67 migrants saved after being left for dead in Niger desert

Niamey - Niger authorities rescued 67 West African migrants in Niger's northern desert this week after traffickers left them there without food or water, a humanitarian source told AFP on Friday.

One of the migrants later died.

"Sixty-seven migrants near death were saved (Wednesday) by defence and security forces near the town of Seguedine in the middle of the desert," the source said.

The migrants had left the town of Agadez "on three vehicles" before being "abandoned without provisions by the traffickers," the source added.

Agadez is a remote town in Niger on the edge of the Sahara that has become the smuggling capital of Africa, where traffickers prey on would-be migrants headed for a better life in Europe.

Seguedine lies about 635km to the northeast of Agadez.

Last year, the International Organization for Migration (IOM) recorded 335 000 migrants heading northwards out of Niger, some heading for Algeria, but most going to Libya in hope of either finding work there or boarding a boat to Europe.

The 750km trip from Agadez to the Libyan border takes between two and three days with only very short petrol and toilet stops on the way.

Many do not make it.

In early June, at least 44 Libya-bound migrants, including women and babies, died of thirst in the Sahara desert after their vehicle broke down in scorching conditions. A local radio station said 52 bodies were discovered.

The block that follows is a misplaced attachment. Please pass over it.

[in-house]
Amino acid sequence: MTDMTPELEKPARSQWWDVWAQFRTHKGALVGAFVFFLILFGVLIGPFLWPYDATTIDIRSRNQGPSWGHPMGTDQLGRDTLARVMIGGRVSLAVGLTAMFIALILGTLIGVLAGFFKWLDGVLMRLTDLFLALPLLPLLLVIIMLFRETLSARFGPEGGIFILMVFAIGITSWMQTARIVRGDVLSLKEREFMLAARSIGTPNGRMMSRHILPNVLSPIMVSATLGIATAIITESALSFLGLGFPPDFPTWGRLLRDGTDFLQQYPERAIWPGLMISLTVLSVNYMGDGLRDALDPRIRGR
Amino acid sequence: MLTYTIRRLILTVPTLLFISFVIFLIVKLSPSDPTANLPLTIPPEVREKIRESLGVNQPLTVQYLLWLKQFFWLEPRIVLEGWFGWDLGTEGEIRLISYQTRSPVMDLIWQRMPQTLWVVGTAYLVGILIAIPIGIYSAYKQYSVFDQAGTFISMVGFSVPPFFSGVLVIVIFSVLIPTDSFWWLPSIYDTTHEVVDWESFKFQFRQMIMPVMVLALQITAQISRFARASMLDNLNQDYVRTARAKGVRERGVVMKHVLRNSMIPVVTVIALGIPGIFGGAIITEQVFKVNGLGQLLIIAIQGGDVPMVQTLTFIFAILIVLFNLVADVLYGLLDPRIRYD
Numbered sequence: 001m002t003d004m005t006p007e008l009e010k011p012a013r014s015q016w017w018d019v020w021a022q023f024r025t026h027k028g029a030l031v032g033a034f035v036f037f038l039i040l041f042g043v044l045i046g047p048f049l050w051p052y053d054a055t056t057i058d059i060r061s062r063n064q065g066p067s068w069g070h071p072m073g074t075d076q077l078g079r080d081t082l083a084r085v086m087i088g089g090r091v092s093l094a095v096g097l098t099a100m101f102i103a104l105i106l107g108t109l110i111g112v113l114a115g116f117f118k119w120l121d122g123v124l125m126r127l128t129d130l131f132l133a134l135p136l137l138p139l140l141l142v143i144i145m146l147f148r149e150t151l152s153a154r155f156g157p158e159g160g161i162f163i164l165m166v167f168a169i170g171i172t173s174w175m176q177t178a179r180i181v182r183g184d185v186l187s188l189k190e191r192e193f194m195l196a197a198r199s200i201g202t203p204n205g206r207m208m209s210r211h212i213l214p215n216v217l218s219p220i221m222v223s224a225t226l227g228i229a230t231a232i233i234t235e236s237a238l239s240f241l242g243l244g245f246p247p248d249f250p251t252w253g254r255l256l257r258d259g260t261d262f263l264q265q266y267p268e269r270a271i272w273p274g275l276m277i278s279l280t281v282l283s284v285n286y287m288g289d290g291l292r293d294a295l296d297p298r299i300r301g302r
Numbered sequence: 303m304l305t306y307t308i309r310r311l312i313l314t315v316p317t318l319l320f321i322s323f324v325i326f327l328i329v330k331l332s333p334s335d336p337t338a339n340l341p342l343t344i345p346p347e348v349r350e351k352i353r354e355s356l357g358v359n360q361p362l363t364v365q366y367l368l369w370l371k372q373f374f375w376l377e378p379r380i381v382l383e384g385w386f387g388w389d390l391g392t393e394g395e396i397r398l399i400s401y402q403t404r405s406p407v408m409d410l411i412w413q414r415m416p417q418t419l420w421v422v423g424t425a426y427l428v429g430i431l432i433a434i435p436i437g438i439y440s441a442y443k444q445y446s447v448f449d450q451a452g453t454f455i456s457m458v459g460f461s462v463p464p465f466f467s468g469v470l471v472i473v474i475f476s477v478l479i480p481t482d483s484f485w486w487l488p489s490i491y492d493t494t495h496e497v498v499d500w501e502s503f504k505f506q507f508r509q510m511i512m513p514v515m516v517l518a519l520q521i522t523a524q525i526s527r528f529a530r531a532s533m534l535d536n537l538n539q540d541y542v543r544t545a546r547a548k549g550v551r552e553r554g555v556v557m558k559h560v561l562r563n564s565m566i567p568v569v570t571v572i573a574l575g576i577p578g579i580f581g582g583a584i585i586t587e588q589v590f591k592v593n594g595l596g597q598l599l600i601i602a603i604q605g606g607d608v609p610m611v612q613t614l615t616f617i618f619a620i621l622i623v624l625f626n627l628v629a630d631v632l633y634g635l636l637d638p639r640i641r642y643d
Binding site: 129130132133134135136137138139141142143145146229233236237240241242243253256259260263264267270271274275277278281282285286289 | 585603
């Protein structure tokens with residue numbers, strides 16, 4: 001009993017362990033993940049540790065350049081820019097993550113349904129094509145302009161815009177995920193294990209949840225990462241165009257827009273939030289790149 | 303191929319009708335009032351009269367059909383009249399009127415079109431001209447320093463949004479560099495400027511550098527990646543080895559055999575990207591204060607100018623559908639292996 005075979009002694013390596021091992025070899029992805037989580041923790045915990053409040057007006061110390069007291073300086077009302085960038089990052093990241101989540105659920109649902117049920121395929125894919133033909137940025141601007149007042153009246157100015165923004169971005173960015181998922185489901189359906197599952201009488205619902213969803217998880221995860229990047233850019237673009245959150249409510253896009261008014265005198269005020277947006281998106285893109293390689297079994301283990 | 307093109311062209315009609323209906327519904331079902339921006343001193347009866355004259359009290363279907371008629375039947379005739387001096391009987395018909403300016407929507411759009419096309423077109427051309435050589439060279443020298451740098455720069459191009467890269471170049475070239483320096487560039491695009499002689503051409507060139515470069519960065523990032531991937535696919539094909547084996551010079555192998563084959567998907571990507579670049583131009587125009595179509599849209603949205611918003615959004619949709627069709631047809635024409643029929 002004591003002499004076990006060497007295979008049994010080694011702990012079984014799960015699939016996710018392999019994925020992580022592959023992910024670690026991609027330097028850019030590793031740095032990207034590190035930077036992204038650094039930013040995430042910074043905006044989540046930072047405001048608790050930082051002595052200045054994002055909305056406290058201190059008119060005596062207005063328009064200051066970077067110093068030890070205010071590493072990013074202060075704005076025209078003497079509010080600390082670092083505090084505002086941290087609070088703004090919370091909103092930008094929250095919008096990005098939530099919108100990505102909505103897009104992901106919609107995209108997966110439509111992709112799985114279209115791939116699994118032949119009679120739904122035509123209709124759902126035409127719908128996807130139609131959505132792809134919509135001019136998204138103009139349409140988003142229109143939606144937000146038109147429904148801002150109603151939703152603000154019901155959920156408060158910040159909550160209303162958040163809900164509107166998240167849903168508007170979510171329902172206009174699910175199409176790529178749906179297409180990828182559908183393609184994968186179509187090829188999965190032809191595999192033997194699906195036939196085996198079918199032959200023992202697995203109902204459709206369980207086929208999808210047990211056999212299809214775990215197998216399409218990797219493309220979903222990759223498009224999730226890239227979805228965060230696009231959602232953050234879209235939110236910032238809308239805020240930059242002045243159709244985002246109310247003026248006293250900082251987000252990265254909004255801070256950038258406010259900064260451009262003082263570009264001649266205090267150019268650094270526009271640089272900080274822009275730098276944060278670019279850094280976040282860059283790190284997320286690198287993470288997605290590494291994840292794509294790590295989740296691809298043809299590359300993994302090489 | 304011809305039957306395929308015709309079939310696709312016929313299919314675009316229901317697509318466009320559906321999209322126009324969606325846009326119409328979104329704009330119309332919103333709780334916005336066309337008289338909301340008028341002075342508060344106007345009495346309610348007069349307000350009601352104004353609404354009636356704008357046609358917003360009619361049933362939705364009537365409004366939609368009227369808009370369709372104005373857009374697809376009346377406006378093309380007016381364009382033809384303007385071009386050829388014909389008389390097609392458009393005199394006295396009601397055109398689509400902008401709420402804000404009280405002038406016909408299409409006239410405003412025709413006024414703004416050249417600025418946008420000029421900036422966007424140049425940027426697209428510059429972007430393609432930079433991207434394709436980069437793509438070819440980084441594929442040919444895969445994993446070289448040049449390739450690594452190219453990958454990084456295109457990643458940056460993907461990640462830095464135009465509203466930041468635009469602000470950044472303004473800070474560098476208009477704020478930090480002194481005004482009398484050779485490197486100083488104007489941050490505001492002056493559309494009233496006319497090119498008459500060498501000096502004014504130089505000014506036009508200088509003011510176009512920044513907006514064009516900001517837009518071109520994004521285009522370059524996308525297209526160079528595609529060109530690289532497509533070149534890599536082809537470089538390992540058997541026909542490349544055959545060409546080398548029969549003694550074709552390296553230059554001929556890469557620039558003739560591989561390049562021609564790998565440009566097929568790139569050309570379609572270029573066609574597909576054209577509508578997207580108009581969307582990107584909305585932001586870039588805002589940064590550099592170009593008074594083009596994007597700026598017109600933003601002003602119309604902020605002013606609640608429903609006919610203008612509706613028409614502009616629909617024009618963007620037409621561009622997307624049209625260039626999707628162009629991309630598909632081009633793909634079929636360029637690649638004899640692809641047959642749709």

Later that month, 24 migrants were rescued in the same area, but dozens more were presumed dead. The migrants were part of a group of at least 70 people who had left Agadez for Libya.

According to IOM, 600 West Africa migrants have been saved since April from the Niger desert after being abandoned by smugglers.

That part of the Sahara Desert, known as Tenere, has become "an actual open-air cemetary," local officials have warned.

In May 2015, the government in Niamey adopted a law banning the illegal trafficking of migrants with those found guilty facing a prison sentence of between one and 30 years, and fines of up to $52 000.

Libya has long struggled to control its southern borders with Sudan, Chad and Niger, even before the 2011 uprising that toppled dictator Moammar Gaddafi.

In the chaos that followed, traffickers stepped up their business, with tens of thousands of people each year making the perilous crossing to Italy just some 300km away.

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